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I believe each of us have different experience and expectations, as different images and style (different client at the end). In my photo sell experience I've noticed that it's better to sell RM (like Philippe's). Others will do better with selling RF. Why fight for the rights? ;)

 

Dbooksta (and all other newbies), test your ground, try both and make your conclusions after two years (one is nothing in macro sales).

Edited by Arletta
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I believe each of us have different experience and expectations, as different images and style (different client at the end). In my photo sell experience I've noticed that it's better to sell RM (like Philippe's). Others will do better with selling RF. Why fight for the rights? ;)

 

Dbooksta (and all other newbies), test your ground, try both and make your conclusions after two years (one is nothing in macro sales).

 

Exactly. There is no hard and fast rules. The images you take / create will dictate the licence you use as will cost of capturing the image. Don't set expensive imagery as RF if it isn't going to sell in high numbers. There are so many variables involved and unfortunately, there is a lot to learn with very few right / wrong yes/no answers.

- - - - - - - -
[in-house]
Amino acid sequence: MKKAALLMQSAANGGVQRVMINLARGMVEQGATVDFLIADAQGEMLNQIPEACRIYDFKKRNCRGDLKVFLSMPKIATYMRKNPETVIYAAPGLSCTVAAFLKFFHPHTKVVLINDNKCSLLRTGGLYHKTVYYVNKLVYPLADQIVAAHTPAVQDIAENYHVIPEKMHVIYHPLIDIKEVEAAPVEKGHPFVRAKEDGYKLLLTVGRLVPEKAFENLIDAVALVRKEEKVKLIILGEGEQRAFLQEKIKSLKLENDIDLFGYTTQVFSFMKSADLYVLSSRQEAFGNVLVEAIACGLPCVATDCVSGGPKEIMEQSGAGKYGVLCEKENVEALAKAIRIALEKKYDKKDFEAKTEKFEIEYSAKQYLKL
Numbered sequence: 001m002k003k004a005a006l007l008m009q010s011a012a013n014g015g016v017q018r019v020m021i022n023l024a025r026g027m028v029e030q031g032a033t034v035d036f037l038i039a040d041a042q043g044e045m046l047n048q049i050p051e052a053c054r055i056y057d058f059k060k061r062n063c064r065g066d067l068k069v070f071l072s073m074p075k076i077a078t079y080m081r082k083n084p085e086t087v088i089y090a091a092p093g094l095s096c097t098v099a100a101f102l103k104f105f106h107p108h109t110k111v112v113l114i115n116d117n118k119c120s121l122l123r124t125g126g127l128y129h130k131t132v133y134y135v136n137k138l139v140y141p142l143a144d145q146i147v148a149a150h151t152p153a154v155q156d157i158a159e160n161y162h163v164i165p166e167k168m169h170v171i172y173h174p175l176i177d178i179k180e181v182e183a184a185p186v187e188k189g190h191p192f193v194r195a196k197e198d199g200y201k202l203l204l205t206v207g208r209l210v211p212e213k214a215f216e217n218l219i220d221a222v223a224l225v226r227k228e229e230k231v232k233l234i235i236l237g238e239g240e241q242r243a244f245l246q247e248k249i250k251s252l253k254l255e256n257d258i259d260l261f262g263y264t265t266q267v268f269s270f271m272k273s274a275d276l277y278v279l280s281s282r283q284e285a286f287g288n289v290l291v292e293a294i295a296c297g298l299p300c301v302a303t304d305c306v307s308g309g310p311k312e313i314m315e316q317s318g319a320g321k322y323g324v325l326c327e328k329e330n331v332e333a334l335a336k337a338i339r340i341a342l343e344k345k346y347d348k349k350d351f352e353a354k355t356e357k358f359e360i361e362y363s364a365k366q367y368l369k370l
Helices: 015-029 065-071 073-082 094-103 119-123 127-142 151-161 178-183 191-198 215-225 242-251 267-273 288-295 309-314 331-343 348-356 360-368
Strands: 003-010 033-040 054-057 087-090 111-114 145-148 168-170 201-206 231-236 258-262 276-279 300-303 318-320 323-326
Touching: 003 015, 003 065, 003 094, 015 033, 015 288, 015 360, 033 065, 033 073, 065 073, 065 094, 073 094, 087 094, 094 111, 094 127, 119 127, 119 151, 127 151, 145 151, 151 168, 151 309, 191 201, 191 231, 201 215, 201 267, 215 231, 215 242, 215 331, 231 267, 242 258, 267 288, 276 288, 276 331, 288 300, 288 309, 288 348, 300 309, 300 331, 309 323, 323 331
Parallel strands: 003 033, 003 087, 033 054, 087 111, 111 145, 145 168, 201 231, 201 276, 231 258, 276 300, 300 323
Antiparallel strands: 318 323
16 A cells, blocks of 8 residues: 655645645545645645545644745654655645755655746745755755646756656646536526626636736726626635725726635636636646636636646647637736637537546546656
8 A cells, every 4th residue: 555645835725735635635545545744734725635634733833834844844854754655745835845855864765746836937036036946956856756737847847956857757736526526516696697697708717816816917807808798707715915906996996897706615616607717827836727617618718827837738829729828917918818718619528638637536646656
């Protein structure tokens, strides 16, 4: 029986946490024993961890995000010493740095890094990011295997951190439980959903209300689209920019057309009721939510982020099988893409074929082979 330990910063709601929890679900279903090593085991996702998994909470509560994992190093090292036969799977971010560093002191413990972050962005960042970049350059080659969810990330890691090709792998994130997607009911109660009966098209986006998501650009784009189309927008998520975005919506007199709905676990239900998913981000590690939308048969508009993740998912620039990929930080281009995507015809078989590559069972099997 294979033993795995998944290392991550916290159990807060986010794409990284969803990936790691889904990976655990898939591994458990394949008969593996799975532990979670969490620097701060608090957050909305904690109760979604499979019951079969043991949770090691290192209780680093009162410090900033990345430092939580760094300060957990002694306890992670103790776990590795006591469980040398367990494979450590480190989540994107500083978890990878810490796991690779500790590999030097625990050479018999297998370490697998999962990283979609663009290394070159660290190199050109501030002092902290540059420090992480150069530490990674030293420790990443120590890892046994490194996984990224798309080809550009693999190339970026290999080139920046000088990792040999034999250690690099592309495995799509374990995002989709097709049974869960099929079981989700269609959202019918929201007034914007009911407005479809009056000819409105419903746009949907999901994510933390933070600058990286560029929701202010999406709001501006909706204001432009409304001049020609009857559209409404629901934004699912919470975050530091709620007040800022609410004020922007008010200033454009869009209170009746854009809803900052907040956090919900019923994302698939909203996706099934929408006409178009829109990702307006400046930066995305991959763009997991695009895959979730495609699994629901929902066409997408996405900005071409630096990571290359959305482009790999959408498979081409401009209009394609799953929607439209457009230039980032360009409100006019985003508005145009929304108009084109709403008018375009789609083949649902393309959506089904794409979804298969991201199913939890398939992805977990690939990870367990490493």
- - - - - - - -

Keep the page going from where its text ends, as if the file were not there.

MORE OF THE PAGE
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Sorry, indeed my mistake. I only did look at the first few pages of your port which are almost all RF and thus gave me that wrong impression.

I certainly didn't mean to be derogatory. I DON'T look down on RF, it's just not my cup of tea, I'm just sick and tired of people (and I don't mean you) who give the impression that RF is the way to go and preferably elsewhere.

 

Robert always implies that commercial RFs are the way to make money (elsewhere) and the rest is just for amateurs. THAT's derogatory! Sure, commercial photography will bring in more bucks than editorial, but not everybody is interested in this kind of shooting. There's more in life than money. But implying that editorial RM is just for amateurs trying to save enough for buying a new lens from time to time is absolute bullshit. 

 

Cheers,

Philippe

 

 

No worries, I thought that was the case :D .